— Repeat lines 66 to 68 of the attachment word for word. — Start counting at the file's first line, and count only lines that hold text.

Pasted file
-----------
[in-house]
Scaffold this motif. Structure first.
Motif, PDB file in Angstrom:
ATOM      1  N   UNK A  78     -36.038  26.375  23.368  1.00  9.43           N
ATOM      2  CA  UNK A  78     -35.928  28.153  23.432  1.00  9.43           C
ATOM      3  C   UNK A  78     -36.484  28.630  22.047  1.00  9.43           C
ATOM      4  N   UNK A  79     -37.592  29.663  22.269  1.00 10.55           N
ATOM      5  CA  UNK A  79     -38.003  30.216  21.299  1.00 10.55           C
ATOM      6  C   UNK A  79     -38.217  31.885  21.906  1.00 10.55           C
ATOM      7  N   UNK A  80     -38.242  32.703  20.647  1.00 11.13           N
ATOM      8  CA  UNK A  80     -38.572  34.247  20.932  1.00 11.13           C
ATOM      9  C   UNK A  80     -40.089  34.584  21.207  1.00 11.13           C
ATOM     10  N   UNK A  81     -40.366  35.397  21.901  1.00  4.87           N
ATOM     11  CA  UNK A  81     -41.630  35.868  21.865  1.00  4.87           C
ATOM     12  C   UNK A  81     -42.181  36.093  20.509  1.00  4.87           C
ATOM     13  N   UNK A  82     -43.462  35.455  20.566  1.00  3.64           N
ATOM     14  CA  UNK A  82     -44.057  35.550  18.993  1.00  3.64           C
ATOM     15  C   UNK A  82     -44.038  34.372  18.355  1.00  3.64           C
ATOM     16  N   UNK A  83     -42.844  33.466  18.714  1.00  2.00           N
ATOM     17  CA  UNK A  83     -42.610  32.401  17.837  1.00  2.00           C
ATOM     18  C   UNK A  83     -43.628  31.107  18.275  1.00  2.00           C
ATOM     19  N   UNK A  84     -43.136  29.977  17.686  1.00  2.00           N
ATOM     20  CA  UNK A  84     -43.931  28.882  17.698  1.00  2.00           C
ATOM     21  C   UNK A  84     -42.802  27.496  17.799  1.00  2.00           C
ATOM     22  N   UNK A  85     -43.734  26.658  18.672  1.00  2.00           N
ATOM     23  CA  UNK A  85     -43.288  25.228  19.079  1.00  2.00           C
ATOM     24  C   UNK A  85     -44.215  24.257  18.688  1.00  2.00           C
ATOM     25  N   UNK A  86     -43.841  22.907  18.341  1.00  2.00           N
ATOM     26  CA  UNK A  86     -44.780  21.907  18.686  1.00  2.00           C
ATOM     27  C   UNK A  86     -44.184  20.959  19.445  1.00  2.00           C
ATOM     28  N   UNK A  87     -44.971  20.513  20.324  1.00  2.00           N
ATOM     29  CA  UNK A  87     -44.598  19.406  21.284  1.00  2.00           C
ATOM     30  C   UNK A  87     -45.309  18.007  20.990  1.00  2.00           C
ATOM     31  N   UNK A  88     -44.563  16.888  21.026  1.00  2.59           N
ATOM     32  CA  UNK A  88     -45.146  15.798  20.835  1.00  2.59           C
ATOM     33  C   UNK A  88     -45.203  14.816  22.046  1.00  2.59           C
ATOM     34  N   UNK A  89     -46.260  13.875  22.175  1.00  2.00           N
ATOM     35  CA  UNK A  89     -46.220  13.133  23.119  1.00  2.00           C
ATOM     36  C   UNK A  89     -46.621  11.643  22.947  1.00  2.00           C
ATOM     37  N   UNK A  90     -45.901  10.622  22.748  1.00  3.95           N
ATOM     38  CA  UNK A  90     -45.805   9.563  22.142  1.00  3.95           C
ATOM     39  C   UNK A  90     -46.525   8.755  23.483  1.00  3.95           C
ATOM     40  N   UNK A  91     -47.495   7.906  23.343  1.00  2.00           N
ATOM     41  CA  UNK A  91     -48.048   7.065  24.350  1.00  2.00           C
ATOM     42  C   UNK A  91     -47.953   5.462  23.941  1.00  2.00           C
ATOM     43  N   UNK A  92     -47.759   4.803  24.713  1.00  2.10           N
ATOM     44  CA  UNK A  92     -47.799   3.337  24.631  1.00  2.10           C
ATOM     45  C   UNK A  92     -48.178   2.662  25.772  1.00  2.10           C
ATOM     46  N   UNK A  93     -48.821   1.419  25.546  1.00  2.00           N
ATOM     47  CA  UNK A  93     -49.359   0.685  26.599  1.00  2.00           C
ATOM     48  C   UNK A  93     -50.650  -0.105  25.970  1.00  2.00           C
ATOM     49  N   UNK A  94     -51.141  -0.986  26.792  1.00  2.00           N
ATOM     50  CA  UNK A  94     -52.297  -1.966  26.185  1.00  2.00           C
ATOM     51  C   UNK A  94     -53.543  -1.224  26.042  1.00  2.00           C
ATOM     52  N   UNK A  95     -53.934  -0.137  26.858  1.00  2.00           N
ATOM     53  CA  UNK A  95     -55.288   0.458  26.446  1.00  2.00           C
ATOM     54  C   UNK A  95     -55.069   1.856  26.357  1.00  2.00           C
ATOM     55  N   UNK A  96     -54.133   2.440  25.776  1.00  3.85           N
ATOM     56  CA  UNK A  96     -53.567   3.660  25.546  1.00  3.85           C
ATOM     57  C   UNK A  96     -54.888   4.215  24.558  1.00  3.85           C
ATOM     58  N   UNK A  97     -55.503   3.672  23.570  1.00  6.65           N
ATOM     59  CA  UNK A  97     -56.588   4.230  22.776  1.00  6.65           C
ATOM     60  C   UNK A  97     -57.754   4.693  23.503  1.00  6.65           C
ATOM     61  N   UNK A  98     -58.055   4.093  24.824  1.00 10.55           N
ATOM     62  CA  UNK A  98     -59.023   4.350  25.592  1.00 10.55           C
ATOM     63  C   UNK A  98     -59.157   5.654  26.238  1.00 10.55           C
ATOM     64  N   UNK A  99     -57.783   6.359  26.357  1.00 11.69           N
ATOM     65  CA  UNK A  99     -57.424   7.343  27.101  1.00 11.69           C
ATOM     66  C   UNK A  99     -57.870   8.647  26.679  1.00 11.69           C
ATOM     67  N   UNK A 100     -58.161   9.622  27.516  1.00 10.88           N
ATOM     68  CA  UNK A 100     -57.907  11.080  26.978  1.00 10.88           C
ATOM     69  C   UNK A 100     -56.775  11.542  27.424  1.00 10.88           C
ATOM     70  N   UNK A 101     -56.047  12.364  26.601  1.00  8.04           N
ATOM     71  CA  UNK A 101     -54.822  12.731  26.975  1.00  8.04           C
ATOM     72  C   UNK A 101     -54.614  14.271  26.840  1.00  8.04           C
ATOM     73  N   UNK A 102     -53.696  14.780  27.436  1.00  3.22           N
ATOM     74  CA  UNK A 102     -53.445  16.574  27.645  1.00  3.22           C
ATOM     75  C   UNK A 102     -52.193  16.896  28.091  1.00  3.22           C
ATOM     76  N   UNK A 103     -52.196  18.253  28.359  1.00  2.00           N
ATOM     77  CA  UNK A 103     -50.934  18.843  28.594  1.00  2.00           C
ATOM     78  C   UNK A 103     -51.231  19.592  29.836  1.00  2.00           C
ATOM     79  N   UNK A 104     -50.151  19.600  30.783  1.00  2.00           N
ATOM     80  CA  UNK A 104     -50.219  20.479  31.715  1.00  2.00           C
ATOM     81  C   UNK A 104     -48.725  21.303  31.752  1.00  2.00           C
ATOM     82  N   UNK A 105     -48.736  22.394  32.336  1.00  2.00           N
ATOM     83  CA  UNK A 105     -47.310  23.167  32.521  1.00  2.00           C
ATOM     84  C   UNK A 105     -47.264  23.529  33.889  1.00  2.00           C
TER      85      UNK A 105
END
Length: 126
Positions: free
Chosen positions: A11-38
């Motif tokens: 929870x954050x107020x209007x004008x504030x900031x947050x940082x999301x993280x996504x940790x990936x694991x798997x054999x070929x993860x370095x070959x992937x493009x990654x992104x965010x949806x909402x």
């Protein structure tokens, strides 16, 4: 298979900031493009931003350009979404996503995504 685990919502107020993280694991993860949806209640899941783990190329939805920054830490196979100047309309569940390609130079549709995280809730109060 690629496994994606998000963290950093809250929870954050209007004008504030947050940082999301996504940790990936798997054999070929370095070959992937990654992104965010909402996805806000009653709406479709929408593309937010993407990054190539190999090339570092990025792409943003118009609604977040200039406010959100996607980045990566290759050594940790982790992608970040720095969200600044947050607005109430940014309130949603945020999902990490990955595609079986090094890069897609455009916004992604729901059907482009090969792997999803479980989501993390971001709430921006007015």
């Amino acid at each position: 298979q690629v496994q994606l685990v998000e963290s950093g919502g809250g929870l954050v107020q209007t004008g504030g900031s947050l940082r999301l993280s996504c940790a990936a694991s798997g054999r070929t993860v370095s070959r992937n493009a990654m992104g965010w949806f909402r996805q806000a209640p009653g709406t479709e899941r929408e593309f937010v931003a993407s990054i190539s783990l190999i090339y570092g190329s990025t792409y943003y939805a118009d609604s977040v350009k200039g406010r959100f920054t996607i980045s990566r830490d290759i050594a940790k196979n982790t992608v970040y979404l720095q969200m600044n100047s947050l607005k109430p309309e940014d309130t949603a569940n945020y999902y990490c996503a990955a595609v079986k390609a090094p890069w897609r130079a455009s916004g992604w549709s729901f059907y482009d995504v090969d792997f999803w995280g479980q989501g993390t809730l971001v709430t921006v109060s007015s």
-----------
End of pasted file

ATOM     63  C   UNK A  98     -59.157   5.654  26.238  1.00 10.55           C
ATOM     64  N   UNK A  99     -57.783   6.359  26.357  1.00 11.69           N
ATOM     65  CA  UNK A  99     -57.424   7.343  27.101  1.00 11.69           C